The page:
www.schoolbussafety.net

This week in review, Rina Miller and Jack Lessenberry discuss a bill to expand Medicaid, how school districts will no longer collect union dues from teachers, and the financial trouble with Buena Vista and Pontiac schools.

Mumford High School is one Detroit school already under the EAA's control.
detroitk12.org

A statewide reform school district could become the largest in Michigan over the next five years.

The Education Achievement Authority of Michigan (EAA)—the district instituted in 2011 to operate the lowest performing five percent of schools in the state—may add as many as 45 schools reports Lori Higgins of the Detroit Free Press.

From the Free Press:

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LANSING, Mich. (AP) - The Michigan Court of Appeals has ruled unconstitutional a state law forcing school employees to pay 3 percent of their salary toward retiree health care.

A copy of Thursday's 2-1 ruling was released Friday.

The contribution was put into place in 2010, and unions representing teachers filed suit. In 2011, retired Ingham County Circuit Judge James Giddings, who was hearing the case before he stepped down and returned to finish the job, ruled that school employees were paying into a system that may not ultimately benefit them.

The contribution was instituted as part of an effort to save hundreds of millions of dollars for the state. MLive.com reports some unions want the money to be refunded.

Lindsey Smith / Michigan Radio

The teachers’ union at Muskegon Heights Public Schools has settled a lawsuit against the district. The union had alleged the district’s emergency manager was engaged in unfair labor practices.

Muskegon Heights schools' emergency manager Don Weatherspoon says allowing a charter school operator to run the public school district is the only way he can afford to keep school open next year. The deficit is more than $12 million. 

(courtesy of KQED)

DETROIT (AP) - A lawyer says a Detroit federal judge plans to block a new state law that stops school districts from deducting union dues from paychecks.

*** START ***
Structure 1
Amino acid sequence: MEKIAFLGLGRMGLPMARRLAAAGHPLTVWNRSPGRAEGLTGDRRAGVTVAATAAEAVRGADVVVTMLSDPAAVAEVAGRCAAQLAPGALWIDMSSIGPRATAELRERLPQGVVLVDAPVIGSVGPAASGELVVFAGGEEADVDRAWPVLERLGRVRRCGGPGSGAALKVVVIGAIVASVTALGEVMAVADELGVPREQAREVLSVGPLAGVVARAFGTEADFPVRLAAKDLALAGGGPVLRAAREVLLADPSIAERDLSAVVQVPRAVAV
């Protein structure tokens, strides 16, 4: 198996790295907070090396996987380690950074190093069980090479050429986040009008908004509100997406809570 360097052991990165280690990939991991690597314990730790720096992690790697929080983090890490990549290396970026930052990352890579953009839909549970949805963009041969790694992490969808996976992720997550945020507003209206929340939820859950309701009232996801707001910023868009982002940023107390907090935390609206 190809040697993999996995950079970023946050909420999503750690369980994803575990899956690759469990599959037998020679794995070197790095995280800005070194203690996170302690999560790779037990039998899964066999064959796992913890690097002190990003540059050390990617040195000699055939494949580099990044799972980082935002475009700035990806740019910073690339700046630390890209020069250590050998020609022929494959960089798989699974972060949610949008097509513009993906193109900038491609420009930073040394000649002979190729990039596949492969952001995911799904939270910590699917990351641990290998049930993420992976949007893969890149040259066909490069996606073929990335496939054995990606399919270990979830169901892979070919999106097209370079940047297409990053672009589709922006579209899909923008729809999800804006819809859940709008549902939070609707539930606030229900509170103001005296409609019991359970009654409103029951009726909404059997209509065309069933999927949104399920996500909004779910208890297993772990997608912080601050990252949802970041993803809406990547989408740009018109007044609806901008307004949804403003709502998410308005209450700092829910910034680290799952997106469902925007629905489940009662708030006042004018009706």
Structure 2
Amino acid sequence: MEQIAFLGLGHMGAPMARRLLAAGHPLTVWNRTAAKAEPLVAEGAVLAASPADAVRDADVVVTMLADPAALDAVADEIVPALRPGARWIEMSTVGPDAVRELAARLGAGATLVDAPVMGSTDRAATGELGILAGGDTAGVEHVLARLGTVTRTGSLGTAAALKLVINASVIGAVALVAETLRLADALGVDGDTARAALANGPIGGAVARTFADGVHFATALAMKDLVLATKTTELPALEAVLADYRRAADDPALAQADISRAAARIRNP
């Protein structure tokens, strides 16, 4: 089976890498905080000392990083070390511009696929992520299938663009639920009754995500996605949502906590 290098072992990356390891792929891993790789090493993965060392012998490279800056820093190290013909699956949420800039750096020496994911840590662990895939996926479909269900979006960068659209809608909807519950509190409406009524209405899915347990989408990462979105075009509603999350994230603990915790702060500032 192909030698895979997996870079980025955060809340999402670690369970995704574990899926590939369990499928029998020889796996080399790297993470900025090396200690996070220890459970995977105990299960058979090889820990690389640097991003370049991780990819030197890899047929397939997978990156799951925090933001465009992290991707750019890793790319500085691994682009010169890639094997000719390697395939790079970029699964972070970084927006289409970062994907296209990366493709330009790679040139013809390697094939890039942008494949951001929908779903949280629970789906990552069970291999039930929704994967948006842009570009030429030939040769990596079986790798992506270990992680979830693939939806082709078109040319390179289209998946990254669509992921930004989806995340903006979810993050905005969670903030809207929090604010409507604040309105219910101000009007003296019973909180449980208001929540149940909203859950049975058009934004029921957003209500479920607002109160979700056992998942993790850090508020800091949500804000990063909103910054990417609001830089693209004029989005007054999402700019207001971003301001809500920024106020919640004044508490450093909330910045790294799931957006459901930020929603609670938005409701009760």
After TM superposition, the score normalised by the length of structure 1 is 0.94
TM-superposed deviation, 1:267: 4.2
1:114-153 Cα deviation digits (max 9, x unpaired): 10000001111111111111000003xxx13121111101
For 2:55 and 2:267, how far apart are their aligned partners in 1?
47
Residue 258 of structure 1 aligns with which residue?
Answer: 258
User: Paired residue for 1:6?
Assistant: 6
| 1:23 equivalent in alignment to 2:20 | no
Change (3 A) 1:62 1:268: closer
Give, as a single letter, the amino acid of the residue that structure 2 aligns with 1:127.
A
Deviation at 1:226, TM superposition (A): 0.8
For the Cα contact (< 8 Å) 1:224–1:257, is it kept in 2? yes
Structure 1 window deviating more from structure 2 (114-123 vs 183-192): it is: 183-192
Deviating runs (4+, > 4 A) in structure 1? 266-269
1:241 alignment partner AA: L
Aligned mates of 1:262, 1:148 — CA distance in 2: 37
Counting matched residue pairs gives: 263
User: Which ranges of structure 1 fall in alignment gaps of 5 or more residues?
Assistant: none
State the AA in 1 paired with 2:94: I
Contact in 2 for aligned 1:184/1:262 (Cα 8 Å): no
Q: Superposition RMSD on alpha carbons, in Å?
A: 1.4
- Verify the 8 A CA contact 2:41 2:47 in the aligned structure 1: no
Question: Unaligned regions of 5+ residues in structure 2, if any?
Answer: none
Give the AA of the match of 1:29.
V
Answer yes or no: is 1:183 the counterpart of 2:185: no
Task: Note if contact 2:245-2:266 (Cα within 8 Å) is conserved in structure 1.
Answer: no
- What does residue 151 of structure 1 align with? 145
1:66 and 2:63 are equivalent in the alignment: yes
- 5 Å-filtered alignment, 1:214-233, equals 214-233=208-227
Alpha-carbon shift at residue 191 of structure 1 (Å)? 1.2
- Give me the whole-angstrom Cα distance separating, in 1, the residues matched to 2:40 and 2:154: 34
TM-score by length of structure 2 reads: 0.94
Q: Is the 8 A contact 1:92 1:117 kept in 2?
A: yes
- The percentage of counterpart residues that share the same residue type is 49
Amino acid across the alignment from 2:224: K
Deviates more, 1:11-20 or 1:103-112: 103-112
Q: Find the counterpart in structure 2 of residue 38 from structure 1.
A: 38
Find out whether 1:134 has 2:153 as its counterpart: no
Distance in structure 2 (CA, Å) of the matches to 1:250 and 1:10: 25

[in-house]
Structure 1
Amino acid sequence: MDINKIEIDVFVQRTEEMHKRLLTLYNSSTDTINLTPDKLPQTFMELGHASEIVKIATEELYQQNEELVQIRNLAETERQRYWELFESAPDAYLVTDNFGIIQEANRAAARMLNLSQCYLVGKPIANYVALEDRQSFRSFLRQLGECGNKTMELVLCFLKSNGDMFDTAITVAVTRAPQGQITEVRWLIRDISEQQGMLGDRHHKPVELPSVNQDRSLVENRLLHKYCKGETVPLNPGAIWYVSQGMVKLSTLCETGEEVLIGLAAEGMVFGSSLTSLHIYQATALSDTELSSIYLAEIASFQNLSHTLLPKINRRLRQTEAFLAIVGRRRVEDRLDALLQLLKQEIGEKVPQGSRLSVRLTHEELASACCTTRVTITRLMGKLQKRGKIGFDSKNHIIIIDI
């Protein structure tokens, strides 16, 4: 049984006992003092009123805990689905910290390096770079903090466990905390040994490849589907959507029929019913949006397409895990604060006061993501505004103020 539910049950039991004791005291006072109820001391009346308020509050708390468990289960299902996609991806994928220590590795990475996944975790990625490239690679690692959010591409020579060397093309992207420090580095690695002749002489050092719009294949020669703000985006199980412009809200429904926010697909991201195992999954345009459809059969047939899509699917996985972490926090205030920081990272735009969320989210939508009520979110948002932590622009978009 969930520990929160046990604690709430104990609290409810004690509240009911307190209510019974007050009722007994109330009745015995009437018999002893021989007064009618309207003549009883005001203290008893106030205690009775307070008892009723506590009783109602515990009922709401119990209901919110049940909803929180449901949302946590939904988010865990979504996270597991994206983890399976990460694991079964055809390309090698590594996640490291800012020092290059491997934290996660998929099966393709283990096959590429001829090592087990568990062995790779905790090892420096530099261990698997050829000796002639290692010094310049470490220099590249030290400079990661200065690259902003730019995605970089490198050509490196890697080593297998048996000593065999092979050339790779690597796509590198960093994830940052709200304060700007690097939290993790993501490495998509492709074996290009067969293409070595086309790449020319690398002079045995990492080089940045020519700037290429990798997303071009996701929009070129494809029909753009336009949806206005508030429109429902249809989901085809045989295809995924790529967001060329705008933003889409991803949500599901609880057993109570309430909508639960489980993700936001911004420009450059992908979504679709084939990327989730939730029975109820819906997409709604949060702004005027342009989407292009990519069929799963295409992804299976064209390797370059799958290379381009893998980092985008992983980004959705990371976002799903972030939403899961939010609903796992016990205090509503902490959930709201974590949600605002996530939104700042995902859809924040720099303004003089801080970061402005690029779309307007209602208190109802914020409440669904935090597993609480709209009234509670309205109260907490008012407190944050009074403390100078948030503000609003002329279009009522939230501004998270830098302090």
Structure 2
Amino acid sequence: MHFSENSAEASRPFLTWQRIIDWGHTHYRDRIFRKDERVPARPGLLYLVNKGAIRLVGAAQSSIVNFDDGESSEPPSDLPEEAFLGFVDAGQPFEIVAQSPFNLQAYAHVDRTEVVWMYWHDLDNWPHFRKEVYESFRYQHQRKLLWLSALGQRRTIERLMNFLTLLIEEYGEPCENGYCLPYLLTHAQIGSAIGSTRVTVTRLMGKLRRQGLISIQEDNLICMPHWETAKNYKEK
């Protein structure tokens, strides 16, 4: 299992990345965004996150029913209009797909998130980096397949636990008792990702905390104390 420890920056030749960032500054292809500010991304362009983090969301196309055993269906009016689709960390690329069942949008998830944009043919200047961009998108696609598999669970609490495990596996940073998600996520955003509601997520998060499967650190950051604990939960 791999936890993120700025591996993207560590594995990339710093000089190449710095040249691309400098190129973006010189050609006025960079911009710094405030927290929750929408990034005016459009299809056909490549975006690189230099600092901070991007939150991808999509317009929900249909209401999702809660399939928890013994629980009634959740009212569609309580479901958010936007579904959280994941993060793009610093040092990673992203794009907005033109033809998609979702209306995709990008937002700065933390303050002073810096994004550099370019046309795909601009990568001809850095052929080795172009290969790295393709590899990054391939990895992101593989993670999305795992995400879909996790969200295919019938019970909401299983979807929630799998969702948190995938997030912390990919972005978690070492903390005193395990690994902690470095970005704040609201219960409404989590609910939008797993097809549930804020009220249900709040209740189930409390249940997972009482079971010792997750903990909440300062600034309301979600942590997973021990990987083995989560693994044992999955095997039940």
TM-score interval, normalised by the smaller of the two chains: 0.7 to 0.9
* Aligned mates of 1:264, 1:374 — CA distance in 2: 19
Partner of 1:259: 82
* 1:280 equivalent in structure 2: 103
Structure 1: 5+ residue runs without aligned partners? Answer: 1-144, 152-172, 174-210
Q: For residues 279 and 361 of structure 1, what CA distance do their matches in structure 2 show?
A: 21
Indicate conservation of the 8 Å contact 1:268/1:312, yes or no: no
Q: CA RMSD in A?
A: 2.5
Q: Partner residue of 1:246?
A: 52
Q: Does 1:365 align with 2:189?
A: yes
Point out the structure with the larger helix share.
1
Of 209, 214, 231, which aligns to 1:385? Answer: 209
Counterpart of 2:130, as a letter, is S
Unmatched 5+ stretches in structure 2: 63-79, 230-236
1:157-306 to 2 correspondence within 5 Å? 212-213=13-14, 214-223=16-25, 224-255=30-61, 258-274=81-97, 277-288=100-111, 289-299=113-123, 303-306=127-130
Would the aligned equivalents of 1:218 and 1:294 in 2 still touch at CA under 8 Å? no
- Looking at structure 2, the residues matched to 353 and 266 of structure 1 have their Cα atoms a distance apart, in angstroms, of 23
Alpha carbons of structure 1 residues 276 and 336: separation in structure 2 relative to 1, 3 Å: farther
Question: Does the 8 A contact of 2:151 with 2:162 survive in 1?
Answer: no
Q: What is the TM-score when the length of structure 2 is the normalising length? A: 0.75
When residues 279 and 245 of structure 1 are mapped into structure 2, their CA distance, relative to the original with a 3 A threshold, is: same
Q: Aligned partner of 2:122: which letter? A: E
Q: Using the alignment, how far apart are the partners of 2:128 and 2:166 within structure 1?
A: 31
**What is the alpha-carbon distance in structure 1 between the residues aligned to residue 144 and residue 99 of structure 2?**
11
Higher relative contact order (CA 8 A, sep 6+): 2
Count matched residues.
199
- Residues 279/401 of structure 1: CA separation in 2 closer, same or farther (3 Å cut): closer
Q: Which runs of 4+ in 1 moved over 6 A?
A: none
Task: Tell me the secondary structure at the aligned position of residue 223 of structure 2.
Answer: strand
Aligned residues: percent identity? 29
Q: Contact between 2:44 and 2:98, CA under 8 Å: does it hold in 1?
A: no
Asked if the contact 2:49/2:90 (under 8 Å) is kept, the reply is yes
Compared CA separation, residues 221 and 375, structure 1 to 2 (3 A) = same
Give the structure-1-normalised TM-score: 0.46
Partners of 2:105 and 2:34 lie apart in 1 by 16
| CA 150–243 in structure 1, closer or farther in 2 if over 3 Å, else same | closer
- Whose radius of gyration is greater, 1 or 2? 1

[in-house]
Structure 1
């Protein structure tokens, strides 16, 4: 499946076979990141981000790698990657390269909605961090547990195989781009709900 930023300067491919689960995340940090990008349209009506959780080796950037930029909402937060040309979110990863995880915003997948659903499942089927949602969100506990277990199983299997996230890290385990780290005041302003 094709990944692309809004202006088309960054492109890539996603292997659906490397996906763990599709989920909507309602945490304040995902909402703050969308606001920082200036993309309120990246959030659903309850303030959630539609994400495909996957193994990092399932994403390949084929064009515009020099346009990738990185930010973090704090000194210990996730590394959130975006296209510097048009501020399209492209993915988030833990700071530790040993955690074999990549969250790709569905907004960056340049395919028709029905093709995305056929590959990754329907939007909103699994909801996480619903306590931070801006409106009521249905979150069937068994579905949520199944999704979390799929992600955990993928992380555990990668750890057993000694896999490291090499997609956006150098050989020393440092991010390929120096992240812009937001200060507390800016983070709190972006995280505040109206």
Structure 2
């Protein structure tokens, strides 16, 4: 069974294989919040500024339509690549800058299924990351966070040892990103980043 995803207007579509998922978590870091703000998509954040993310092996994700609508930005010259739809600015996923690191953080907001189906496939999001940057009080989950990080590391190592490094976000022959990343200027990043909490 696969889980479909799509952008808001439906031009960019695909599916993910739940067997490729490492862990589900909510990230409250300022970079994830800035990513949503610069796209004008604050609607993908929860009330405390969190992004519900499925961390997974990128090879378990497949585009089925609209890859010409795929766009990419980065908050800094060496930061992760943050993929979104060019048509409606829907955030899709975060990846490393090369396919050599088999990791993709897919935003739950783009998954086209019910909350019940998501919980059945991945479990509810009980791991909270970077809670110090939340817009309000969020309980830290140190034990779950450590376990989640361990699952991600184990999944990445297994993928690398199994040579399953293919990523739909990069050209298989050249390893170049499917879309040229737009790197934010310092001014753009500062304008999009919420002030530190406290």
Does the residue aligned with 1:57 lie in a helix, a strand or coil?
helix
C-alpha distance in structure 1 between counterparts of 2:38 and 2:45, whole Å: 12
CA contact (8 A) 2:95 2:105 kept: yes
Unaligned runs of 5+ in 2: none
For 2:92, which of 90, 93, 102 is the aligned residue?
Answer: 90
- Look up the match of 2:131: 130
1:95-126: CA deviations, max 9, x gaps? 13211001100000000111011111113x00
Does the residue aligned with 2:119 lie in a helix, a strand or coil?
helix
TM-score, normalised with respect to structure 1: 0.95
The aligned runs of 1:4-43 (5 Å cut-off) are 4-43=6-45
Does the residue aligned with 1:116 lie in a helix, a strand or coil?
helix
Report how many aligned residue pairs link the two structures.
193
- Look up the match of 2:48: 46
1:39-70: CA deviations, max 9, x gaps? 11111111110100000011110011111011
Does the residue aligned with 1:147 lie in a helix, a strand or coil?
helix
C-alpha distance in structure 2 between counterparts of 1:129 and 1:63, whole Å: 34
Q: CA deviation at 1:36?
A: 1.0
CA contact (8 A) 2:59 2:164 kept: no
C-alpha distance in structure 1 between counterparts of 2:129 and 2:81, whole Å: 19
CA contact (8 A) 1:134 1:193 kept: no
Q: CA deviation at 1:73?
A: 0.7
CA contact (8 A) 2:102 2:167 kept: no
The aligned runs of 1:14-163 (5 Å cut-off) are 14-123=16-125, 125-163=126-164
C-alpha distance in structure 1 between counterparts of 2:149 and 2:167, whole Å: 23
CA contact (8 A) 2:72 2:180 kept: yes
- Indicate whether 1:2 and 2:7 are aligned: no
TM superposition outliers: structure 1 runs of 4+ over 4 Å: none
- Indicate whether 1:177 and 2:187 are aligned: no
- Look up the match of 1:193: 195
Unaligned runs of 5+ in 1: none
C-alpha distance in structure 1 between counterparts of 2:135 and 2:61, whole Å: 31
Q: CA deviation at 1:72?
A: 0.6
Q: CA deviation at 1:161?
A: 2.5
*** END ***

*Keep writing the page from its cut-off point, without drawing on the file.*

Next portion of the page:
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A public school district in Oakland County imposed a ten percent pay cut on its teachers retroactive to the start of the school year.

Now it is likely the teachers will sue the district.

Teachers in the Madison Heights school district have been working without a contract for three years. In that time there’s been lots of bargaining, a fact finding mission, mediation - but to no avail.

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Detroit approves consent agreement with the state

As Michigan Radio's Sarah Cwiek reported, the 5-4 vote in favor of a consent agreement with the state "came after an emotionally-charged debate that sometimes erupted into hostility."

The agreement, which the Governor is expected to sign sometime today, sets up a nine-member financial advisory board that would have oversight over the city's financial matters. It also establishes a chief financial officer position, and a program management position, both would report to the mayor.

Cwiek reports the city's restructuring "will be painful and sweeping" with some city departments disappearing, some services cut and others privatized. And the recently negotiated contracts with a coalition of city unions will be tossed aside. New contracts must be worked out.

To help the city avoid insolvency, the state of Michigan will complete a refinancing of some outstanding debt by selling bonds.

Michigan school unions file federal lawsuit against state

The state passed a law last year barring school districts from collecting union dues through payroll deduction.  Schools unions filed a lawsuit against that law in federal court yesterday.

Michigan Radio's Steve Carmody reported "the federal lawsuit alleges the law violates the 1st and 14th Amendments of the U.S. Constitution, by discriminating against school employees’s free speech rights and treating them differently than other public employees…who can still have their union dues deducted from their paycheck."

The governor’s office issued a statement backing the law, “We believe the bill does adhere to the constitution. ”

It's Opening Day for the Tigers!

The first Major League baseball game of the season took place last night in Miami, but for the rest of the League  - today is the day.

In Detroit, the Detroit Tigers will slug it out with the Boston Red Sox at 1:05 p.m. Fans and sportswriters have high expectations for the Tigers this year with many expecting the team to take the AL Central pennant.

In today's Detroit Free Press, Tiger's owner Mike Ilitch told Mitch Albom he spent big money to field a competitive team this year: